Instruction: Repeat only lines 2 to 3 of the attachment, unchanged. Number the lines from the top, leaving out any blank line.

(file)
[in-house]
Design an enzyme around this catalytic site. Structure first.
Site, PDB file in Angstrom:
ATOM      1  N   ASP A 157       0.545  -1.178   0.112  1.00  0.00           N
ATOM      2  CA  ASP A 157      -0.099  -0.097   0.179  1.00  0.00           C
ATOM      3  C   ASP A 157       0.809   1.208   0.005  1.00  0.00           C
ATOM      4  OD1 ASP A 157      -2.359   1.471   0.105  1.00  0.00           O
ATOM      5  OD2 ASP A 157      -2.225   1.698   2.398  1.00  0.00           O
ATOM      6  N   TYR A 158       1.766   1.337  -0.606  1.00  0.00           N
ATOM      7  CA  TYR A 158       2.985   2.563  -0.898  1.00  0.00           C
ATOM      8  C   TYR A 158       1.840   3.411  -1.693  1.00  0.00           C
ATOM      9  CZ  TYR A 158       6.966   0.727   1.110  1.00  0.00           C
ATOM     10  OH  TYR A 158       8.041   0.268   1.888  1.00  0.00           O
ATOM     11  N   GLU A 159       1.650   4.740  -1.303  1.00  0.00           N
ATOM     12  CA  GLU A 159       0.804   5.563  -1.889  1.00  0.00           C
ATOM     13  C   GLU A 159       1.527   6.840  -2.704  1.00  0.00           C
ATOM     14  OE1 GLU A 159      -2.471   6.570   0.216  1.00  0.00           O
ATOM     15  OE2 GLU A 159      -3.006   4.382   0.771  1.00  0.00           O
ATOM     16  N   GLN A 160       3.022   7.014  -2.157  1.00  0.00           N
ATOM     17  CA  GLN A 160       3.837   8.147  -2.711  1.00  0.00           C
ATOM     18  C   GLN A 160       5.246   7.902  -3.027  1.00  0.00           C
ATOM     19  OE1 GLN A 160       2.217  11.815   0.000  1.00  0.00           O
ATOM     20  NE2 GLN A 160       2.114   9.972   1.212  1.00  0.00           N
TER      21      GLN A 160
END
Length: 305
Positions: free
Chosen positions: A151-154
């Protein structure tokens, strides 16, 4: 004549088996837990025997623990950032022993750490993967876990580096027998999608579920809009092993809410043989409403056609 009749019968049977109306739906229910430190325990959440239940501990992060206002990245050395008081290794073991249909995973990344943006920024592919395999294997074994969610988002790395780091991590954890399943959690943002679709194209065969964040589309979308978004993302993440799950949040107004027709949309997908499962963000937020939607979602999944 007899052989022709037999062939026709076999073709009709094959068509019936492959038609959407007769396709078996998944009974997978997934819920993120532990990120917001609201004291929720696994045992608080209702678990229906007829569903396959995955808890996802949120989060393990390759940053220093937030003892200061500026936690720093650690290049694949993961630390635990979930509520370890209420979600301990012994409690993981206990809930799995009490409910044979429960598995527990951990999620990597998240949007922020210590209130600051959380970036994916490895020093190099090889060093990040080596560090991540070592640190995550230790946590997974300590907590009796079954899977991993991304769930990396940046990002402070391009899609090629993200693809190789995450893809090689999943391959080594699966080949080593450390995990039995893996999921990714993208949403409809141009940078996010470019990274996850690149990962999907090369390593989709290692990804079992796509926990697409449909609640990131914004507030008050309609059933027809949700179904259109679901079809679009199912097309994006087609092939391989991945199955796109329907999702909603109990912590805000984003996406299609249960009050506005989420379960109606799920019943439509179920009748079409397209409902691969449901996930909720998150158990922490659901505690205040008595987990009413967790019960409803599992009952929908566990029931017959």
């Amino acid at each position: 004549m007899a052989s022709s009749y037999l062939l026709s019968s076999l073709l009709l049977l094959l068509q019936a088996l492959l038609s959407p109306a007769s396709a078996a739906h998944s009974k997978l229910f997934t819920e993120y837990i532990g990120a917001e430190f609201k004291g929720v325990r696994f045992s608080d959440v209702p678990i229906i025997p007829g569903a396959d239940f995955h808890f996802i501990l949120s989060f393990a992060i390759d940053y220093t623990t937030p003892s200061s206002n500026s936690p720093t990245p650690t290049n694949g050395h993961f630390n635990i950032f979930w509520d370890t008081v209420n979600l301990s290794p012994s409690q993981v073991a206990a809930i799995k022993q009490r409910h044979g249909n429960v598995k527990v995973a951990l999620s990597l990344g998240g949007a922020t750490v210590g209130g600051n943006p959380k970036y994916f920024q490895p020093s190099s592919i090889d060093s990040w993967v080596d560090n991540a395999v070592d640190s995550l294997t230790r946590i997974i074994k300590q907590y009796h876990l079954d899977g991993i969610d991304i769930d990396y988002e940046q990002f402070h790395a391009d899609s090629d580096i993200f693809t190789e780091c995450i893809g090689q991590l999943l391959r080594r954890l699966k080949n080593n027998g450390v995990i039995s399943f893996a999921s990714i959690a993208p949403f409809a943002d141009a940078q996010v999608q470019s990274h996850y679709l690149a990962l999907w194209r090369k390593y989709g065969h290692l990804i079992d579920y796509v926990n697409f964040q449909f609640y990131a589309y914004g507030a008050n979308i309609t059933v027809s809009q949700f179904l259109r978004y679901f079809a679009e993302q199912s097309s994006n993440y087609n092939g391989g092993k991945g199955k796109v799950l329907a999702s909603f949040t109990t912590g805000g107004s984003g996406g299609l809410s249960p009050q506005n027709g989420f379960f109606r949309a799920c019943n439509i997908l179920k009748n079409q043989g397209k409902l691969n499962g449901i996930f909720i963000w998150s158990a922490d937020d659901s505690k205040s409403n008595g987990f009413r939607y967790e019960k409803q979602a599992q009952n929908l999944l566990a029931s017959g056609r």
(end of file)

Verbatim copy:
Design an enzyme around this catalytic site. Structure first.
Site, PDB file in Angstrom: